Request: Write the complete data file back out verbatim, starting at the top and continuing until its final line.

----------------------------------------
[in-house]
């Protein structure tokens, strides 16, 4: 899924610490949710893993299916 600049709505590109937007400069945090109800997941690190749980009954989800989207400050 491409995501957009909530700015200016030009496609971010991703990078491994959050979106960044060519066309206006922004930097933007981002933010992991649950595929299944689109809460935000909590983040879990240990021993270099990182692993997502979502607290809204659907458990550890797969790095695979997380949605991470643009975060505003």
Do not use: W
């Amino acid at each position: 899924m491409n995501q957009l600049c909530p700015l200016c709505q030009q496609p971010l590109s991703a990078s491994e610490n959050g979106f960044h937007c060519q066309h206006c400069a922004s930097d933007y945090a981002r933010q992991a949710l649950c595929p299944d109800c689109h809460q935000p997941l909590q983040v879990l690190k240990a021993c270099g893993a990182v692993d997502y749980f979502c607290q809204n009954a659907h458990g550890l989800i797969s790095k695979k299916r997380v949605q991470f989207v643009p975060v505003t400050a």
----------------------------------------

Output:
[in-house]
């Protein structure tokens, strides 16, 4: 899924610490949710893993299916 600049709505590109937007400069945090109800997941690190749980009954989800989207400050 491409995501957009909530700015200016030009496609971010991703990078491994959050979106960044060519066309206006922004930097933007981002933010992991649950595929299944689109809460935000909590983040879990240990021993270099990182692993997502979502607290809204659907458990550890797969790095695979997380949605991470643009975060505003």
Do not use: W
């Amino acid at each position: 899924m491409n995501q957009l600049c909530p700015l200016c709505q030009q496609p971010l590109s991703a990078s491994e610490n959050g979106f960044h937007c060519q066309h206006c400069a922004s930097d933007y945090a981002r933010q992991a949710l649950c595929p299944d109800c689109h809460q935000p997941l909590q983040v879990l690190k240990a021993c270099g893993a990182v692993d997502y749980f979502c607290q809204n009954a659907h458990g550890l989800i797969s790095k695979k299916r997380v949605q991470f989207v643009p975060v505003t400050a």